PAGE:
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MATERIAL REQUIREMENTS PLANNING A true planning tool that gives you the information you need to solve tomorrows

problems today
Most manufacturing problems would be a lot easier to solve if you could only see them coming. Materials planning involves managing sales forecasts, creating master schedules, and running MRP. In short, balancing future supply and demand. Material Requirements Planning enables you to plan for the future. Youll be able to meet market demand and address your companys production plan. With Material Requirements Planning, you produce a Master Production Schedule to plan the manufacturing of finished goods in order to meet the expected demand from your sales forecasts. Next, you use MRP functionality to determine the raw materials you need and when you need to purchase them in order to fulfill the production goals based on the Master Production Schedule. It is a material control system that attempts to keep adequate inventory levels to assure that required materials are available when needed. The major objectives of an MRP system are to simultaneously: 1. Ensure the availability of materials, components, and products for planned production and for customer delivery, 2. Maintain the lowest possible level of inventory, 3. Plan manufacturing activities, delivery schedules, and purchasing activities. MRP is especially suited to manufacturing settings where the demand of many of the components and subassemblies depend on the demands of items that face external demands. . The three major inputs or we can say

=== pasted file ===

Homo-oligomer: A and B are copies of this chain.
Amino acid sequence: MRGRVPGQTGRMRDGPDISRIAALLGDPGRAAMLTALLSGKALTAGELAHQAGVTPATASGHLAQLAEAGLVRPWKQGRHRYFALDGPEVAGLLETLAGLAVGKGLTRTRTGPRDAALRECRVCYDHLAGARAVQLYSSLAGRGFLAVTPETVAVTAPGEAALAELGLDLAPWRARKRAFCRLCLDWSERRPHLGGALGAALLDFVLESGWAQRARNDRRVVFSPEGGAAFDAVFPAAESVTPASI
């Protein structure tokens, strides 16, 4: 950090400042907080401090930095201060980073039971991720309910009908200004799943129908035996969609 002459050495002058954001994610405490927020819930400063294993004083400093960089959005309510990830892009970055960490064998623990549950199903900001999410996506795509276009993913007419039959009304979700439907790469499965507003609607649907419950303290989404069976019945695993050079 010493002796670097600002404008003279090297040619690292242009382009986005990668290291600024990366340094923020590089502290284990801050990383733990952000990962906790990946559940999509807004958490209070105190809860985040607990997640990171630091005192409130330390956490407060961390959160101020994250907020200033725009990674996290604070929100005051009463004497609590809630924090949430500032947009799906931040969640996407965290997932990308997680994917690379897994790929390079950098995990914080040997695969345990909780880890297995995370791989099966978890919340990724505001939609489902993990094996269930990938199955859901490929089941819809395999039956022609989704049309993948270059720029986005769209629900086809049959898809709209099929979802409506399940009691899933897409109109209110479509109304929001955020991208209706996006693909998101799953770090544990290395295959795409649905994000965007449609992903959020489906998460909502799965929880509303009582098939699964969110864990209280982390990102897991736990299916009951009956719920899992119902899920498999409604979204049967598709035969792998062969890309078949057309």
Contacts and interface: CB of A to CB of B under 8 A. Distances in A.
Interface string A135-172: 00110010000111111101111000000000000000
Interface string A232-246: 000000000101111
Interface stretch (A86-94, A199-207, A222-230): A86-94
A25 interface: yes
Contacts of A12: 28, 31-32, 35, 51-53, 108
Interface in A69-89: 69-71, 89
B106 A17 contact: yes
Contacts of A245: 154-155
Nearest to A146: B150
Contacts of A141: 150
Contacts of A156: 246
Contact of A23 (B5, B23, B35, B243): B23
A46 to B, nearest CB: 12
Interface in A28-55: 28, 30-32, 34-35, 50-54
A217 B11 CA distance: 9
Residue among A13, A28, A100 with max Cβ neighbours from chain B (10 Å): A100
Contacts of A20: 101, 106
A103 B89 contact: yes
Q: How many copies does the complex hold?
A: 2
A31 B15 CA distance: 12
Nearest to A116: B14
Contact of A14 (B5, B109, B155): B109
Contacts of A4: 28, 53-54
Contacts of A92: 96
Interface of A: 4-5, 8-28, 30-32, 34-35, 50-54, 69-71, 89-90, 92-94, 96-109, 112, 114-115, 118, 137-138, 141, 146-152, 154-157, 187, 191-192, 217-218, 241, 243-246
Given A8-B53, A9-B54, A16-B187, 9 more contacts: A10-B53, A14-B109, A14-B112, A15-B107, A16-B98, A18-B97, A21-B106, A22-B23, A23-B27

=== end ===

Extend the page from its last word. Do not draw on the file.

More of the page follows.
The structure of an MRP system


1. master production schedule , 2. the product structure records or Bill of material records (BOM, 3. and the inventory status records. Without these basic inputs the MRP system cannot function. 1>The demand for end items is scheduled over a number of time periods and recorded on a master production schedule (MPS). The master production schedule expresses how much of each item is wanted and when it is wanted. The MPS is developed from forecasts and firm customer orders for end items, safety stock requirements, and internal orders. MRP takes the master schedule for end items and translates it into individual time-phased component requirements. The master schedule and bill of materials indicate what materials should be ordered;
the master schedule, production cycle times and supplier lead times then jointly determine when orders should be placed. The Master Production Schedule includes quantities of products to be produced at a given time period. Quantities are included both at aggregate and detailed levels. Aggregate may refer to monthly production and detailed may refer to weekly or daily production. The master production schedule takes the form of a table in which rows represent products and columns represent time components. Entries of the table map to units o each product to be produced at a given time period. Example: furniture company that makes mattresses 1. Specify the total number of mattresses they will make over the next month or quarter 2. Identify the different sizes of the mattresses along with their qualities and styles 3. The MPS then states period by period (usually weekly) how many and when each of the mattress types are needed. 4. This is all put into a MRP program and it calculates and schedules all raw materials, parts, and supplies needed to make the mattress specified by the Master Production Schedule.